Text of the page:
You are a story. Not you have a story, or tell stories, or even live a story. You are a story. The very body that you live in imanifests a story spelled out by the language of life: our DNA (and in some cases RNA). This story is then told by our cells, both microbial and human, enacted by our biological processes.
This seems very meta; but in actuality when you break humans or any species really down to what it is on the basic level, it is information relayed in a causal narrative structure. This happened and then this happened and then this happened. Who you are physically is the result of your genetic source code telling your cells to behave in a certain way. These instructions are a history of not only your life but of the lives of your human ancestors as well as the myriad of microorganisms that live on and in you.
When we think like a macrospecies, we don’t see stories in our cells. Rather we look outside the biological narrative to the construction—like ignoring the text of a book to focus on its binding or even if we do look at the text, we instead focus on diagraming the plot (Freytag’s Pyramid) rather than examining individual paragraphs.
Microspecies don’t worry about the larger structure of our biological texts. Rather, they are careful readers that pay attention to each individual letter and word, often happily rewriting their own stories which then trickles up to affect our larger human narrative.
I know that most people aren’t trained to examine the mechanics of how a story is made, so before we get into letters and paragraph structure of our stories, let’s zoom out for a second to talk about plot structure in the human story.
One plot that many people are worried about is the problem of obesity. Granted, the actual number of people who are obese seems to have stabilized as 1/3 of our population, but with the resulting health problems from this one part of the human story, even a stable 1/3 is too many. Further, even though we hear just how unhealthy it is to be overweight, many people who appear overweight are actually healthier than many thin people. We aren’t looking at the mechanics of the stories to actually see what’s written. Instead, we are focusing on plot structure (this person is fat) and plot structures can look the same for many different stories (rising action, crisis, falling action, denouement). Thus it becomes important to actually look at the details of the biological story: how do words (genes) work together to form sentences (proteins) that then form paragraphs (cells—again both human and microbial) that are combined to make a coherent tale.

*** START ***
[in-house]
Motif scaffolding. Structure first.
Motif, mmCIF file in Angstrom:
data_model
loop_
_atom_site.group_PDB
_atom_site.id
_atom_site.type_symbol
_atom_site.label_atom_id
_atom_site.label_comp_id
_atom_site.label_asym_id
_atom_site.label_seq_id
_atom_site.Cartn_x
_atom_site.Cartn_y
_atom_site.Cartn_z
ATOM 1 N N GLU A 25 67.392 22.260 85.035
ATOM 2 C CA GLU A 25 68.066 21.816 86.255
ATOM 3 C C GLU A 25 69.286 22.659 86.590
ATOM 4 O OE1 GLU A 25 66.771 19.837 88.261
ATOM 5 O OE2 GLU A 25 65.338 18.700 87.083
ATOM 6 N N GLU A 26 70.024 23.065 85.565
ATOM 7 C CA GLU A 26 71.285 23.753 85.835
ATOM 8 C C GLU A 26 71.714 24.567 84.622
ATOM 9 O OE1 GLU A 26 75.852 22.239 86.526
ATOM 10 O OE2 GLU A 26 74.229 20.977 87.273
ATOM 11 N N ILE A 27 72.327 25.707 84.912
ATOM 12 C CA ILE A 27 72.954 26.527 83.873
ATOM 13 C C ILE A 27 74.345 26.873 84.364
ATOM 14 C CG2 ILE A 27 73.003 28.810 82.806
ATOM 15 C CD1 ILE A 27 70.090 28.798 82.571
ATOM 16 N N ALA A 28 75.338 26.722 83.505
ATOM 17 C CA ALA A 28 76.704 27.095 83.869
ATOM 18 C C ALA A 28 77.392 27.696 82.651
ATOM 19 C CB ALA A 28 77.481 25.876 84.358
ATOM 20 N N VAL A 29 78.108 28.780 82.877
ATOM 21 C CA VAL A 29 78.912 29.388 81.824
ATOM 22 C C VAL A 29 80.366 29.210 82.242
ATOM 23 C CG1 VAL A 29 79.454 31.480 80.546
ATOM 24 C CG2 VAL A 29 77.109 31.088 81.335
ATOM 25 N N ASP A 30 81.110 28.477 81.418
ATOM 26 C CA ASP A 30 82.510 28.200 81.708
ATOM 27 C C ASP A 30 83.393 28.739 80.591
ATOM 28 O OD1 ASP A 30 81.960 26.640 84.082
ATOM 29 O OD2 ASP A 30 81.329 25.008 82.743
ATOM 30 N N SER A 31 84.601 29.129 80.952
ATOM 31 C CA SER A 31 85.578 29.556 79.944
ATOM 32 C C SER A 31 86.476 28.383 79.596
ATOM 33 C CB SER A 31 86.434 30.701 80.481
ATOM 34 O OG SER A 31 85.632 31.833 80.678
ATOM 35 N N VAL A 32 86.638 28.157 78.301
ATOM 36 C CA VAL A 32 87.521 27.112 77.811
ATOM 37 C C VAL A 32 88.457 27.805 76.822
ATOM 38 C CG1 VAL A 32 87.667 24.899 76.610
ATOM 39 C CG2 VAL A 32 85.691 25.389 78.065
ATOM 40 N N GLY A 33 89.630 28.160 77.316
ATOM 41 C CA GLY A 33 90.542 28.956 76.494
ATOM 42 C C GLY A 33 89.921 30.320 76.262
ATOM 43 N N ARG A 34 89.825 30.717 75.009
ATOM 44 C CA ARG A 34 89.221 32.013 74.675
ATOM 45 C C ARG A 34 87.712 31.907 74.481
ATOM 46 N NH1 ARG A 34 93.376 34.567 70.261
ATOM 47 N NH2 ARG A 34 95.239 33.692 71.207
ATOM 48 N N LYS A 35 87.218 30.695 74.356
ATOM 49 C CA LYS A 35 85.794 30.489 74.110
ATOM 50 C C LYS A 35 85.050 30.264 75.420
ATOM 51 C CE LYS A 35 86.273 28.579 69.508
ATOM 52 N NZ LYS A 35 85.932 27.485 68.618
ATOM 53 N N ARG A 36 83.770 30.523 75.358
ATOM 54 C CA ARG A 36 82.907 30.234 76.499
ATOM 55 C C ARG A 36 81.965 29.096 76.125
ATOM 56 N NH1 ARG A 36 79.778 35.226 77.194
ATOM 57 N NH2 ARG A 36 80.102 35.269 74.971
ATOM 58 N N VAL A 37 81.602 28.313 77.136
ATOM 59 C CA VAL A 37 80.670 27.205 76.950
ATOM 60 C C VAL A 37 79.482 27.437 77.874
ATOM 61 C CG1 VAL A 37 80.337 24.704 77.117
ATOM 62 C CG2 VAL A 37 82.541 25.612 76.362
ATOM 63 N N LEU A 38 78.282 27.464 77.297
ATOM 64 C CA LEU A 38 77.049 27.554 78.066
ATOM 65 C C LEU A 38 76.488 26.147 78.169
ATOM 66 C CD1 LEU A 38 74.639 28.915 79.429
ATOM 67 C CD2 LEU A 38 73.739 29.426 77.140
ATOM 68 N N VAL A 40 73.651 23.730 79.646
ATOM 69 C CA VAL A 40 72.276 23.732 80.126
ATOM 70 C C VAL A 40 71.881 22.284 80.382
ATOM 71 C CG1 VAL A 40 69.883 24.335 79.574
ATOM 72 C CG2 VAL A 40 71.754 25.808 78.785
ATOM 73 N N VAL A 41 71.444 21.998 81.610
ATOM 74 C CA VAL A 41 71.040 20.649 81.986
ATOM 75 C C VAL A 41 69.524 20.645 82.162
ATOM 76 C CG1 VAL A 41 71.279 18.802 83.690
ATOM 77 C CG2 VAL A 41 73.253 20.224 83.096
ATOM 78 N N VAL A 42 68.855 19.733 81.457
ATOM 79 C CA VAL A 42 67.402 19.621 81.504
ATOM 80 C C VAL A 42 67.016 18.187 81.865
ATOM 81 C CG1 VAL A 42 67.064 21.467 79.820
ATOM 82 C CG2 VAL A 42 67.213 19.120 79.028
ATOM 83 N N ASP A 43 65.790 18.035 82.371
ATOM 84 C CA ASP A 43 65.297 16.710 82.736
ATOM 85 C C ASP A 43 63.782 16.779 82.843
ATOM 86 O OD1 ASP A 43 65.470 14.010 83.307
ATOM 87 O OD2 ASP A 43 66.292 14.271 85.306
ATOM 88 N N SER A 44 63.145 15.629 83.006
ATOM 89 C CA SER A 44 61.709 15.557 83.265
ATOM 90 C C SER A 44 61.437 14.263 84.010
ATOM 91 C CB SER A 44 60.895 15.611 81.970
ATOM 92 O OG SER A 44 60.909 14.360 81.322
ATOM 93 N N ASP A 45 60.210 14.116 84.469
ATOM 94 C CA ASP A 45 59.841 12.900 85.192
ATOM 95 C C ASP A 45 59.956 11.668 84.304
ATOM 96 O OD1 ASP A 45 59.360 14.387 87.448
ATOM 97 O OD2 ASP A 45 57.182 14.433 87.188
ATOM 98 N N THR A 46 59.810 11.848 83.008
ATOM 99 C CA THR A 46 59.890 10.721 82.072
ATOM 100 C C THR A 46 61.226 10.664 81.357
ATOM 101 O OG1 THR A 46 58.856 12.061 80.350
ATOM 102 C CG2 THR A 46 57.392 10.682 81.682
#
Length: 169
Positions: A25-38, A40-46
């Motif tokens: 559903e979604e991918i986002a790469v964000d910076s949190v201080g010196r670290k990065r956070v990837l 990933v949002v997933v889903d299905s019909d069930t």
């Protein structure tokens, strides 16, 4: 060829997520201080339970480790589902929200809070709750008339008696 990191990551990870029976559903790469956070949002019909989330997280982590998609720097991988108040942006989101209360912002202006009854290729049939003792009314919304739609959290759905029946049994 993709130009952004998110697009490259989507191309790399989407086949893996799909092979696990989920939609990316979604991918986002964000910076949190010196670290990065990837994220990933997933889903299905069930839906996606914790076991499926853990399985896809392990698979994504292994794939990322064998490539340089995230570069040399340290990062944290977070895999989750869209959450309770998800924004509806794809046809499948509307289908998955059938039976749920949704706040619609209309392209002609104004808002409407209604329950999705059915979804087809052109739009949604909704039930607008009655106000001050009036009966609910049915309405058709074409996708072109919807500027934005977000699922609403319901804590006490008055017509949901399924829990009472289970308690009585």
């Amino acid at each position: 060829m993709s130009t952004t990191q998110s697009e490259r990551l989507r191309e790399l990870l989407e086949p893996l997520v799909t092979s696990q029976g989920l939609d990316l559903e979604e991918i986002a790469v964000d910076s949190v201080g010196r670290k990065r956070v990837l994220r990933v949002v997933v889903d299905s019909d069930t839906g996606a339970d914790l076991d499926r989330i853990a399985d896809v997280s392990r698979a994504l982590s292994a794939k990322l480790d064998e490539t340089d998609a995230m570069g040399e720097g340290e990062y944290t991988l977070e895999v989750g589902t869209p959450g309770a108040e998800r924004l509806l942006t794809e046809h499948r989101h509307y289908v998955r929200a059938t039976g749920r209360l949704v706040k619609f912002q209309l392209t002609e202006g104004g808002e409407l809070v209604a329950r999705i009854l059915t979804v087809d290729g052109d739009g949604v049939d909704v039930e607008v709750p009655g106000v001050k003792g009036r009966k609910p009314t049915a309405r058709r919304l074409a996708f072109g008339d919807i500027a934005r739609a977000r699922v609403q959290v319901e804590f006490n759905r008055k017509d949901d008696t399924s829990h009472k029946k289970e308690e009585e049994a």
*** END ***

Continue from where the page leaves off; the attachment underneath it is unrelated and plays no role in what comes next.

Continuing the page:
Think about these words as you are reading them. Not the ideas that they are putting in your head, but the actual words. There are letters (26 of them) that are combined in various ways to make words so that read and dear have different meanings even if they have the same letters. However, these words are then placed into sentences and based on their placement, we also decide how to read them—or how they are read. Further, we can exchange words that have similar meanings in sentences that then add nuance to the ideas being conveyed: Johnny runs, Johnny flees, Johnny dashes.
The problem though with our biological story is that even when we do get good at looking at the mechanical elements in the story, we have the added challenge that these elements don’t stay static on the page, especially as we include the very important component of our microbes. Rather, in our biological texts, words shift and change; paragraphs reconfigure; whole sections of texts might disappear one day and another section appear the next. Even the human genome, which is relatively static in an individual, gets modified by both environmental and microbial editors through epigenetics that change our story.
When we insist on thinking like a macrospecies about our biological stories, we ignore just how nuanced and slippery the elements (words/genes; paragraphs/cells) can be. We act like we can remove whole paragraphs or substitute words that create different meanings without drastically changing the story. We are not static. Humans as stories are active and vibrant texts that change and adapt to make our narratives best fit the world we live in.